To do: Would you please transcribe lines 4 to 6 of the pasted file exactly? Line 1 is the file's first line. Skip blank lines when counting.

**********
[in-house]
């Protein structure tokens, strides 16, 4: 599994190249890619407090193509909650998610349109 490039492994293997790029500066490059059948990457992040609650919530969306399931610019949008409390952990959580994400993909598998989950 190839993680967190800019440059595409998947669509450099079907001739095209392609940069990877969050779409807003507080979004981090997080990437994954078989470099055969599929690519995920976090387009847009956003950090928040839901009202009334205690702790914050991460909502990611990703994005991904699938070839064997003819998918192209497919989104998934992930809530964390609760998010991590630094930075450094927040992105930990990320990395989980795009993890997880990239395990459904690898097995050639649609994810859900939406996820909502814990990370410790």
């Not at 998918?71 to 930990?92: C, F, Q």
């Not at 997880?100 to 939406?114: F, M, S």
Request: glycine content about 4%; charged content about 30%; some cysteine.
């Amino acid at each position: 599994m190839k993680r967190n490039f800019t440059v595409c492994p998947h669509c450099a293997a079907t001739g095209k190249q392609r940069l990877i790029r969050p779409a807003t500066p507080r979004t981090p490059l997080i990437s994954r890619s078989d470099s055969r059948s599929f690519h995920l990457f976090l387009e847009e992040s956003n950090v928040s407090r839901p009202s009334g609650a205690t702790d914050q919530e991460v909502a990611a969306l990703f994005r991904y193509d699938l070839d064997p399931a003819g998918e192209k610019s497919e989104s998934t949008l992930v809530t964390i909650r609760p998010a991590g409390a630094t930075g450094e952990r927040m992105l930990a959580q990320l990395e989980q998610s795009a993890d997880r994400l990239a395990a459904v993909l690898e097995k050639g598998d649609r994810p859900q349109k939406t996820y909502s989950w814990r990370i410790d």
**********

């Not at 997880?100 to 939406?114: F, M, S």
Request: glycine content about 4%; charged content about 30%; some cysteine.
């Amino acid at each position: 599994m190839k993680r967190n490039f800019t440059v595409c492994p998947h669509c450099a293997a079907t001739g095209k190249q392609r940069l990877i790029r969050p779409a807003t500066p507080r979004t981090p490059l997080i990437s994954r890619s078989d470099s055969r059948s599929f690519h995920l990457f976090l387009e847009e992040s956003n950090v928040s407090r839901p009202s009334g609650a205690t702790d914050q919530e991460v909502a990611a969306l990703f994005r991904y193509d699938l070839d064997p399931a003819g998918e192209k610019s497919e989104s998934t949008l992930v809530t964390i909650r609760p998010a991590g409390a630094t930075g450094e952990r927040m992105l930990a959580q990320l990395e989980q998610s795009a993890d997880r994400l990239a395990a459904v993909l690898e097995k050639g598998d649609r994810p859900q349109k939406t996820y909502s989950w814990r990370i410790d």